Fannie Lou Hamer was a courageous civil rights activist who played a pivotal role in the fight for voting rights. Born in Mississippi, she faced violence and intimidation as she worked to secure Black citizens’ access to the ballot box. Hamer’s powerful testimony at the 1964 Democratic National Convention shed light on the discriminatory practices that Black people faced, and her efforts helped pave the way for greater political representation.

2. Frances Ellen Watkins Harper

Frances Ellen Watkins Harper Source:Getty

Frances Ellen Watkins Harper was a trailblazing poet, writer, and abolitionist. Through her writings and speeches, she advocated for both women’s rights and the abolition of slavery. 

3. Ida B. Wells

Ida B. Wells Source:Getty

Ida B. Wells was a pioneering investigative journalist and suffragist. She fearlessly exposed the horrors of lynching and racial violence through her writing. Wells was unyielding in her pursuit of justice and equality, advocating for both civil rights and women’s rights, and she was one of the founders of the National Association for the Advancement of Colored People (NAACP).

4. LaTosha Brown

LaTosha Brown Source:LaTosha Brown

LaTosha Brown is a contemporary voting rights advocate and co-founder of Black Voters Matter. Her organization focuses on mobilizing marginalized communities, particularly in the South, to engage in the political process. Brown’s efforts emphasize the importance of grassroots activism and community empowerment to combat voter suppression.

5. Mary Church Terrell

Mary Church Terrell Source:Getty

Mary Church Terrell was an educator, suffragist, and civil rights activist. As a co-founder of the National Association of Colored Women (NACW), she championed women’s suffrage while also advocating for racial and social equality. Terrell’s work highlighted the interconnectedness of various social justice causes.

6. Nannie Helen Burroughs

Nannie Helen Burroughs Source:Getty

Nannie Helen Burroughs was an educator and activist who founded the National Training School for Women and Girls. She believed in the significance of education for empowerment and worked to uplift Black women and promote political engagement. Burroughs’ advocacy extended to women’s suffrage and equal rights.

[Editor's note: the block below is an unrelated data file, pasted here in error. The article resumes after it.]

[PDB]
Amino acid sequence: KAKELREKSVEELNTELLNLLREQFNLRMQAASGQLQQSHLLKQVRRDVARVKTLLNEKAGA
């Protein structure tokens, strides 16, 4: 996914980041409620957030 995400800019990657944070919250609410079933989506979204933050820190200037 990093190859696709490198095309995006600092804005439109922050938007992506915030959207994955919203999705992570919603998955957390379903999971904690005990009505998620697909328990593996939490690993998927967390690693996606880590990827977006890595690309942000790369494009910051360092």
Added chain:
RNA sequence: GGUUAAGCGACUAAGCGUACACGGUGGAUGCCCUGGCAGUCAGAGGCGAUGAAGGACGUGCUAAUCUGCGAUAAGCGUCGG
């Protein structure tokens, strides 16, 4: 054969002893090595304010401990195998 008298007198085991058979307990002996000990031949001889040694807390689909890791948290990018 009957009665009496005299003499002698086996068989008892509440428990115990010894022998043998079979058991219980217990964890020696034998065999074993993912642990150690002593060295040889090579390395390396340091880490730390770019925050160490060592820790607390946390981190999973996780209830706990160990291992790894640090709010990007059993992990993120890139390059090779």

7. Nsé Ufot

Nsé Ufot Source:Getty

Nsé Ufot is a modern-day voting rights activist and CEO of the New Georgia Project. Her organization focuses on registering and engaging young people and people of color in the political process. Ufot’s work exemplifies the ongoing efforts to dismantle voter suppression and ensure a more inclusive democracy.

8. Rosa Parks

Rosa Parks Source:Getty

Rosa Parks‘ pivotal role in the Civil Rights Movement is widely known, but her activism also extended to voting rights. Her refusal to give up her seat on a Montgomery bus sparked a major boycott, leading to broader social change. 

9. Shirley Chisholm

Shirley Chisholm Source:Getty

Shirley Chisholm made history as the first African American woman elected to Congress and later as the first African American woman to run for a major party’s presidential nomination. Her advocacy for both gender and racial equality left an indelible mark on American politics, inspiring future generations to engage in civic participation.

10. Stacey Abram

Stacey Abram Source:Stacey Abrams

Stacey Abrams is a contemporary leader known for her work against voter suppression. As the founder of Fair Fight Action, she focuses on ensuring fair elections and expanding access to voting. Abrams’ efforts to mobilize voters and increase voter engagement have been instrumental in advocating for a more equitable democratic process.